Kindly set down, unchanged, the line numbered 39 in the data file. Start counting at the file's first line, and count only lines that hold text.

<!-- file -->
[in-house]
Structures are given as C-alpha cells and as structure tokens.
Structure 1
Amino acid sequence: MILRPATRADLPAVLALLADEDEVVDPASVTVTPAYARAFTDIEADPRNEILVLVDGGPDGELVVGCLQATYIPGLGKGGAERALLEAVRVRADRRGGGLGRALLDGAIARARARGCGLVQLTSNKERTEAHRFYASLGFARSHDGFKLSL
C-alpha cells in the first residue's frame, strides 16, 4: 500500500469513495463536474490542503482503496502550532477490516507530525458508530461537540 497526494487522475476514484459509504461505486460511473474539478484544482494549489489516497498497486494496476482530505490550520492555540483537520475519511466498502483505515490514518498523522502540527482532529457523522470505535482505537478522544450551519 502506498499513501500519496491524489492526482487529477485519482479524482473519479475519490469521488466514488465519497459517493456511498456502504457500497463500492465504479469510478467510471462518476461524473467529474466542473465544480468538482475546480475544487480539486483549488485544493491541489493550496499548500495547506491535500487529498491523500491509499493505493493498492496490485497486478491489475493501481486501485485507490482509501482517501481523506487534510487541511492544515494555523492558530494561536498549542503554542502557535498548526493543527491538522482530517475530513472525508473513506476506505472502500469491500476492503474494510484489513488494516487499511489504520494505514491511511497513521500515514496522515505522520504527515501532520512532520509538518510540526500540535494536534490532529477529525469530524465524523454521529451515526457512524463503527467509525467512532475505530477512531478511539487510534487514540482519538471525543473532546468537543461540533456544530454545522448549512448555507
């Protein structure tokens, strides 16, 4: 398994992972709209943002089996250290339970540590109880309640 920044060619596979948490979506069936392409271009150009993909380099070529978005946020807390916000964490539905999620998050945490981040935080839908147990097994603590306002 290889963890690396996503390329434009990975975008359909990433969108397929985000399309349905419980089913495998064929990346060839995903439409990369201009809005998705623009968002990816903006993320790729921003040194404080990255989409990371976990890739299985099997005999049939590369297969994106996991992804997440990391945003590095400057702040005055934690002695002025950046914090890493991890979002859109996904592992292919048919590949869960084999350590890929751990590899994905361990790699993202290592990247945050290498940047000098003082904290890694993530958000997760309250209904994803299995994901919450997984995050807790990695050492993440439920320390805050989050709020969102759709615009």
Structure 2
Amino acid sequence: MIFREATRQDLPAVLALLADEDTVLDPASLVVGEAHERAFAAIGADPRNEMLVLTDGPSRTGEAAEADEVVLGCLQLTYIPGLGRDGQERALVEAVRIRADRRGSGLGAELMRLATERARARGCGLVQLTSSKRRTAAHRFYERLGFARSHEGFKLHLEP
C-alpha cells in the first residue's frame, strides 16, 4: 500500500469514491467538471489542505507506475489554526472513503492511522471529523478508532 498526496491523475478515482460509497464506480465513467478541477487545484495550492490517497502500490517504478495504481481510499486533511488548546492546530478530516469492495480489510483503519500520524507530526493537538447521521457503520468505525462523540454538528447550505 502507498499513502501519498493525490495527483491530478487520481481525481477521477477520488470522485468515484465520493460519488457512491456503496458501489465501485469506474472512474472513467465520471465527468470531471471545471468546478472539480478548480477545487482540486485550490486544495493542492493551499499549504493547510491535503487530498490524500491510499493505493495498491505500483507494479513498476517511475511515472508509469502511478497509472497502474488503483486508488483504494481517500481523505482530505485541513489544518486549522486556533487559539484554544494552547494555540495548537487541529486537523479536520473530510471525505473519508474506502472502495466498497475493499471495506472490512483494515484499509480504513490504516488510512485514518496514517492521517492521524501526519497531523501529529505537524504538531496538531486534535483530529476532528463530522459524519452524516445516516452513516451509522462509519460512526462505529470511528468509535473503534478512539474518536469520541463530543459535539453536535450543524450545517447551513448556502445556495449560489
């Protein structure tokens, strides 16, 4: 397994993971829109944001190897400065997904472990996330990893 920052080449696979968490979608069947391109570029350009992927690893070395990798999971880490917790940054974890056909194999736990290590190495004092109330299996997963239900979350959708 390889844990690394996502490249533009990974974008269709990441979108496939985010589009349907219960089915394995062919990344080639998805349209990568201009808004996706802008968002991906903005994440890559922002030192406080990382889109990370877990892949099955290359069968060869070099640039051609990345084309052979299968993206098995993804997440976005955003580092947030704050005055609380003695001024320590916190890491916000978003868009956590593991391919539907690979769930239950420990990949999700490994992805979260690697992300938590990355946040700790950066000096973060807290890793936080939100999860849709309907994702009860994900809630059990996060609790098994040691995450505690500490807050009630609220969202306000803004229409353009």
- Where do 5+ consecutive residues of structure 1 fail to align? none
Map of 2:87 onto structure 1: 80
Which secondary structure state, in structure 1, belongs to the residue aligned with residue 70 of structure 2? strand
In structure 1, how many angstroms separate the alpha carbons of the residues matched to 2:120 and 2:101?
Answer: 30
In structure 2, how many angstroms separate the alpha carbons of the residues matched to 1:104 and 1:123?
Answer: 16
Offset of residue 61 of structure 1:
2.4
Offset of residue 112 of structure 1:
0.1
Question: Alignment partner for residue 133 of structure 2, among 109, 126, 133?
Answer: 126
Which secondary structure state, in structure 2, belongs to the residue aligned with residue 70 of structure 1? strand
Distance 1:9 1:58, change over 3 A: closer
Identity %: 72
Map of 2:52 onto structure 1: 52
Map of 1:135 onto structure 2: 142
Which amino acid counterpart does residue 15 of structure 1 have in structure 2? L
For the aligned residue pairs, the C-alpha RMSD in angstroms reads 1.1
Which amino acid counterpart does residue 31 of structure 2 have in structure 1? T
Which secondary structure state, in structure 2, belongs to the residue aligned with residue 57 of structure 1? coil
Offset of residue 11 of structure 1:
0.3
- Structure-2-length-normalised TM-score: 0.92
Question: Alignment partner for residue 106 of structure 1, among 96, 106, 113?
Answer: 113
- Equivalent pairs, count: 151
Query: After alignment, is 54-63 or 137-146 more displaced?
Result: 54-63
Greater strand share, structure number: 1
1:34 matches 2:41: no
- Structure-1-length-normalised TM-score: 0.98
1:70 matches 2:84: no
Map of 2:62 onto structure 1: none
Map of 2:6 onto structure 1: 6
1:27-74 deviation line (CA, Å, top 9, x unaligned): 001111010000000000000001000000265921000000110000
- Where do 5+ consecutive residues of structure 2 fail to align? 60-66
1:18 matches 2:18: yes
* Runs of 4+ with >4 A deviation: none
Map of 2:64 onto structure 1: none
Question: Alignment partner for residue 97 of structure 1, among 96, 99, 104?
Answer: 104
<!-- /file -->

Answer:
Query: After alignment, is 54-63 or 137-146 more displaced?